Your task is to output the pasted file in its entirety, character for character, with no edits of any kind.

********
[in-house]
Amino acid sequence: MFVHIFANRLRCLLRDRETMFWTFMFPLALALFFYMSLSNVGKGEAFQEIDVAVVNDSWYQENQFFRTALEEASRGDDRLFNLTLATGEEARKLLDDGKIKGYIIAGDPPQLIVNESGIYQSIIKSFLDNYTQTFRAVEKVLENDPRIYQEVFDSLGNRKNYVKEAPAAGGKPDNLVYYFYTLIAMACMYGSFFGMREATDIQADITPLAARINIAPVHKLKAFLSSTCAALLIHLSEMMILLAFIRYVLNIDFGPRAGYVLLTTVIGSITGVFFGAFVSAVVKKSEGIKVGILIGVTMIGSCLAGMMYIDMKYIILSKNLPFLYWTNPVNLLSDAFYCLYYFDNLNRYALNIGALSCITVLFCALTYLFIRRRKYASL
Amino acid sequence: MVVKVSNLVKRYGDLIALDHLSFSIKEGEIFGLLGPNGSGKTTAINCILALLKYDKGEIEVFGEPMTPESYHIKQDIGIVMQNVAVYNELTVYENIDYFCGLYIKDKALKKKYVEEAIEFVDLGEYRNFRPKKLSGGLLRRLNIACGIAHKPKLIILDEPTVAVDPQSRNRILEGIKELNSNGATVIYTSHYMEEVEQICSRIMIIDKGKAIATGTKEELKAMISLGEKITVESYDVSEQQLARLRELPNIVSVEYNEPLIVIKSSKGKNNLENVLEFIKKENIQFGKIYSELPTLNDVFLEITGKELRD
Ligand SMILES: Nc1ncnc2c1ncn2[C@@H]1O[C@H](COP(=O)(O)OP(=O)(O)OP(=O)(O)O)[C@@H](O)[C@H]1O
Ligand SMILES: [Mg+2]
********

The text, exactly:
[in-house]
Amino acid sequence: MFVHIFANRLRCLLRDRETMFWTFMFPLALALFFYMSLSNVGKGEAFQEIDVAVVNDSWYQENQFFRTALEEASRGDDRLFNLTLATGEEARKLLDDGKIKGYIIAGDPPQLIVNESGIYQSIIKSFLDNYTQTFRAVEKVLENDPRIYQEVFDSLGNRKNYVKEAPAAGGKPDNLVYYFYTLIAMACMYGSFFGMREATDIQADITPLAARINIAPVHKLKAFLSSTCAALLIHLSEMMILLAFIRYVLNIDFGPRAGYVLLTTVIGSITGVFFGAFVSAVVKKSEGIKVGILIGVTMIGSCLAGMMYIDMKYIILSKNLPFLYWTNPVNLLSDAFYCLYYFDNLNRYALNIGALSCITVLFCALTYLFIRRRKYASL
Amino acid sequence: MVVKVSNLVKRYGDLIALDHLSFSIKEGEIFGLLGPNGSGKTTAINCILALLKYDKGEIEVFGEPMTPESYHIKQDIGIVMQNVAVYNELTVYENIDYFCGLYIKDKALKKKYVEEAIEFVDLGEYRNFRPKKLSGGLLRRLNIACGIAHKPKLIILDEPTVAVDPQSRNRILEGIKELNSNGATVIYTSHYMEEVEQICSRIMIIDKGKAIATGTKEELKAMISLGEKITVESYDVSEQQLARLRELPNIVSVEYNEPLIVIKSSKGKNNLENVLEFIKKENIQFGKIYSELPTLNDVFLEITGKELRD
Ligand SMILES: Nc1ncnc2c1ncn2[C@@H]1O[C@H](COP(=O)(O)OP(=O)(O)OP(=O)(O)O)[C@@H](O)[C@H]1O
Ligand SMILES: [Mg+2]